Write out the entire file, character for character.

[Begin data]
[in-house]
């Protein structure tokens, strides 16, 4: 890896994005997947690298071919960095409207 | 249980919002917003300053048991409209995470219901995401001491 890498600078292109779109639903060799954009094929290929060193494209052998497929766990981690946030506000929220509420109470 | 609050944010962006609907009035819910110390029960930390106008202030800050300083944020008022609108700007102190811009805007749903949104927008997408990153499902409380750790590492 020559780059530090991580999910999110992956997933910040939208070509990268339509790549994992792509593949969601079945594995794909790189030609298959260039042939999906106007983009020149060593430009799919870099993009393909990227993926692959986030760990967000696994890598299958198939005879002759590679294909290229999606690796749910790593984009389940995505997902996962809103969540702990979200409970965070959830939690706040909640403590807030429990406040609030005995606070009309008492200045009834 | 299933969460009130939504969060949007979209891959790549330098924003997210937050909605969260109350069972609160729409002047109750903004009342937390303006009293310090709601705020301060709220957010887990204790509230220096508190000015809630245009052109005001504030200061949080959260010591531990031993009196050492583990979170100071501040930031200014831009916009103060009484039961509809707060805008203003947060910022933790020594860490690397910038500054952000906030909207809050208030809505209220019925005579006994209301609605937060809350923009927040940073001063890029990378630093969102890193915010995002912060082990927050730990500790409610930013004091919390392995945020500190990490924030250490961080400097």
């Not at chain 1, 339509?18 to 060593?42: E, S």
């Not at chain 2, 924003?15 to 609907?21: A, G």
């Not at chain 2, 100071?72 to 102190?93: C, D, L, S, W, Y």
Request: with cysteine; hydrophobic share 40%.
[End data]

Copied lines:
[in-house]
């Protein structure tokens, strides 16, 4: 890896994005997947690298071919960095409207 | 249980919002917003300053048991409209995470219901995401001491 890498600078292109779109639903060799954009094929290929060193494209052998497929766990981690946030506000929220509420109470 | 609050944010962006609907009035819910110390029960930390106008202030800050300083944020008022609108700007102190811009805007749903949104927008997408990153499902409380750790590492 020559780059530090991580999910999110992956997933910040939208070509990268339509790549994992792509593949969601079945594995794909790189030609298959260039042939999906106007983009020149060593430009799919870099993009393909990227993926692959986030760990967000696994890598299958198939005879002759590679294909290229999606690796749910790593984009389940995505997902996962809103969540702990979200409970965070959830939690706040909640403590807030429990406040609030005995606070009309008492200045009834 | 299933969460009130939504969060949007979209891959790549330098924003997210937050909605969260109350069972609160729409002047109750903004009342937390303006009293310090709601705020301060709220957010887990204790509230220096508190000015809630245009052109005001504030200061949080959260010591531990031993009196050492583990979170100071501040930031200014831009916009103060009484039961509809707060805008203003947060910022933790020594860490690397910038500054952000906030909207809050208030809505209220019925005579006994209301609605937060809350923009927040940073001063890029990378630093969102890193915010995002912060082990927050730990500790409610930013004091919390392995945020500190990490924030250490961080400097």
């Not at chain 1, 339509?18 to 060593?42: E, S």
């Not at chain 2, 924003?15 to 609907?21: A, G």
């Not at chain 2, 100071?72 to 102190?93: C, D, L, S, W, Y």
Request: with cysteine; hydrophobic share 40%.